First off, for those of you that don’t know, I’m Canadian. Why do I bring it up? Well, because Canadians know nothing about Mexican food. It’s true. In my 33 years, I’ve only eating at one good authentic Mexican restaurant in Canada. It was a one woman show in Peace River, Alberta. Maria was a Mexican lady who cooked like a demon. Other than that, it’s either been ok food or good, but definitely not authentic. Good tortillas are almost non-existent and if you can find some homemade ones for sale, there about 5 bucks for a dozen! Hello, it’s made from corn flour not pixie dust! They are so hard to find in fact that most dinners that serve a Huevos Rancheros serve it with tortilla chips instead. I bought a small package of corn tortillas at the store (you can see them in the picture, but they were NOT good. A waste of calories in my opinion. I like beans enough that I would just eat it as is anyway.
Tortillas in Canada are nothing like the ones we get when we spend time in San Diego. They’re so much better in fact that we typically bring back a couple hundred corn and flour tortillas and freeze them. We almost always get our luggage checked (not sure why) and I can just picture the look of the custom agents face as they rummage through my suitcase only to find a couple HUNDRED tortillas! hehehe.
So why would I write about something I know nothing about? Well, my husband really loves Mexican. Also, in an attempt to eat more legumes and beans, we’ve been sourcing out some yummy recipes and this one is a favorite. This recipe is from Food and Wine. From the amount of people that have posted about it, I can tell it’s a popular one so I figured, why the heck not?
We also happened to have a can of chilis in adobo sauce. The reason this might be significant is that it’s literally the only canned product I have in the house at the moment and I happened to stumble across it a couple of weeks ago. It’s also not a product you’d find easily in our neck of the woods and have no idea how it even came to be in our house. I guess my subconscious was clearly looking for a way to use it up!
Another case and point on how Mexican food is rare is that there are only 2 places in town that actually carry Mexican cheese. I had no intentions of driving around town to source some, so I used Amber Ale cheese, but use what you have.
Why white beans? Well, true to form, we cook up large batches of food, to make whole food meals easier and less time consuming. This time I had a whole butt load of white beans to figure out how to use. Feel free to use what ever kind of bean you might have kicking around. I made some changes to the recipe but very few. The link above will get you the original recipe. If I were to do it again, I would double the the entire recipe. My husband and I polished off the beans no problem and the salsa was so yummy I wish I had made more for other things during the week.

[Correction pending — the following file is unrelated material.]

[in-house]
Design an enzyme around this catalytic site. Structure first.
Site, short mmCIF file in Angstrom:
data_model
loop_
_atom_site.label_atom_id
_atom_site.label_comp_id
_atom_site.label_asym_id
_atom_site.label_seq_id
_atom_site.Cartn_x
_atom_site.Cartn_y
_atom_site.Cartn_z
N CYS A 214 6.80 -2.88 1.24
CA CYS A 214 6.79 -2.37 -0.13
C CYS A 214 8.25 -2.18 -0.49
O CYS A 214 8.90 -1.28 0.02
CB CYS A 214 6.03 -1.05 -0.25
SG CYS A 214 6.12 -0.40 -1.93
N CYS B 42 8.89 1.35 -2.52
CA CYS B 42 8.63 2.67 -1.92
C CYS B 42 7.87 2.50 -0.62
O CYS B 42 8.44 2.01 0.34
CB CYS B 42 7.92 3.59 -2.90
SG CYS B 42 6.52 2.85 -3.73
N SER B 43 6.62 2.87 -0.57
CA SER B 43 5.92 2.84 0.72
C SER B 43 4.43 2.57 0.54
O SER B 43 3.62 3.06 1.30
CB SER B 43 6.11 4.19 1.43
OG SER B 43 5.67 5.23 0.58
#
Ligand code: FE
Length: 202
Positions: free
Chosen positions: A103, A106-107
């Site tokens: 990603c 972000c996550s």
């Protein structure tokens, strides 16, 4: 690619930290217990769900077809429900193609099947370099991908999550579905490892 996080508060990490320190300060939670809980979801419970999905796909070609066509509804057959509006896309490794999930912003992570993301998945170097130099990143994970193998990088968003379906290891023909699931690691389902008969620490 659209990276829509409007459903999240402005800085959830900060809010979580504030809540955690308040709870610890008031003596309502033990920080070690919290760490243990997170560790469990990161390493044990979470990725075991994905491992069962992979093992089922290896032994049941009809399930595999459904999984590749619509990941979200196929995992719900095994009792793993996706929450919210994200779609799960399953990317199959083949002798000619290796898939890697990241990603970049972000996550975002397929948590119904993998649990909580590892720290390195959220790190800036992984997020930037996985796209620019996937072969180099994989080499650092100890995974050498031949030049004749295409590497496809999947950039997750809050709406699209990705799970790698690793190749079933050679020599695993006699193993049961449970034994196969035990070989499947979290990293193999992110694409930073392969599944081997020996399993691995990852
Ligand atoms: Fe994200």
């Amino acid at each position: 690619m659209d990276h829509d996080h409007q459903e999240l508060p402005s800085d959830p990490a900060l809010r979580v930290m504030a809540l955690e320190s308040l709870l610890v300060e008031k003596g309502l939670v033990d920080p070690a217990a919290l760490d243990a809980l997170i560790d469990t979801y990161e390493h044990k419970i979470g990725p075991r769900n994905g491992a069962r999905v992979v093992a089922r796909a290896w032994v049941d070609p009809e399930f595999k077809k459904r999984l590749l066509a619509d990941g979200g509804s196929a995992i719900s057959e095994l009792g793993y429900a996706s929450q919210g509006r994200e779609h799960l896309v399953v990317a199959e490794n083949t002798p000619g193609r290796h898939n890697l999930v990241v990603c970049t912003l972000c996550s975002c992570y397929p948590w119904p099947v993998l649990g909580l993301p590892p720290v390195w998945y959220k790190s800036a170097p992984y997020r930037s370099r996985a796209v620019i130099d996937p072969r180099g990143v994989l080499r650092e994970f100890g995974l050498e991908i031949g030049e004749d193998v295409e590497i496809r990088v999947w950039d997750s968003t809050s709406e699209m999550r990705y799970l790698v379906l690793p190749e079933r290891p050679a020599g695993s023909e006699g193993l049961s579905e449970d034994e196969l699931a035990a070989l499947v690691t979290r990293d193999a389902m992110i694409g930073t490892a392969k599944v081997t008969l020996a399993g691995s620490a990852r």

The original recipe calls for 12 eggs (2 eggs per person) but based on the amount of beans the recipe makes I doubt it would feed 6 people or maybe we’re just piggies. I think the recipe would more aptly feed 4. I also used bacon instead of ham and reduced the amount of oil required by 5 Tbsp to account for the bacon fat.
For the Salsa
- 2 Tbsp oil or fat of choice
- 1/2 onion, diced
- 1 garlic clove, minced
- 3 tomatoes, diced
- 3 chilis in adobo sauce
- 2 Tbsp lime juice
- 3 Tbsp chopped cilantro
- 1/2 tsp salt
For the Beans
- 5 strips bacon
- 1/2 onion, diced
- 1/2 tsp cumin
- 3 cups beans
- 1/2 – 3/4 cup water
- salt and pepper to taste
- 8 tortillas
- 8 eggs
- 1/2 cup Mexican cheese, cheddar, crumbled or grated, or cheese of choice (optional)
- sour cream (optional)
For the salsa: In a sauce pan, heat oil over medium heat. Add the diced onion and cook for 5 minutes or until beginning to soften. Add the garlic and cook for one more minute. Meanwhile, finely chop the 3 chilis in the adobo sauce. Add the tomatoes and the chilis to the onions. Reduce the heat to low and cook the salsa mixture for approximately 15 – 20 minutes, stirring occasionally. Cook until the tomatoes become soft but still chunky. Season the salsa with the lime juice, cilantro and salt.
Preheat oven to 375F and set oven rack on the highest level.
For the beans: Heat a large skillet over medium high heat. While the pan is heating up, chop 5 strips of bacon in 1 inch pieces. Fry up the bacon pieces until the bacon starts to become golden. Add the diced onion to the bacon. Cook the onions for 3 minutes or until starting to soften. Add the cumin, beans and 1/2 cup of water. Mash the beans until the mixture is hot and the flavors have combined. If more water is required, add the remaining 1/4 cup of water. Remove the beans from the heat and season with salt and pepper.
To put the meal together: In 4 oven proof dishes, place a quarter of the bean mixture in each dish. Make a well in the center of the beans. Crack 2 eggs in each well (we only had 1 egg each, but do what you think will satiate you). Place the beans and eggs in the oven on the top rack for 5 minutes. Change the oven setting to broil and broil for 2-3 minutes or until eggs are cooked to your liking. Remove from oven and serve with crumbled or grated cheese, sour cream (optional) and warm salsa.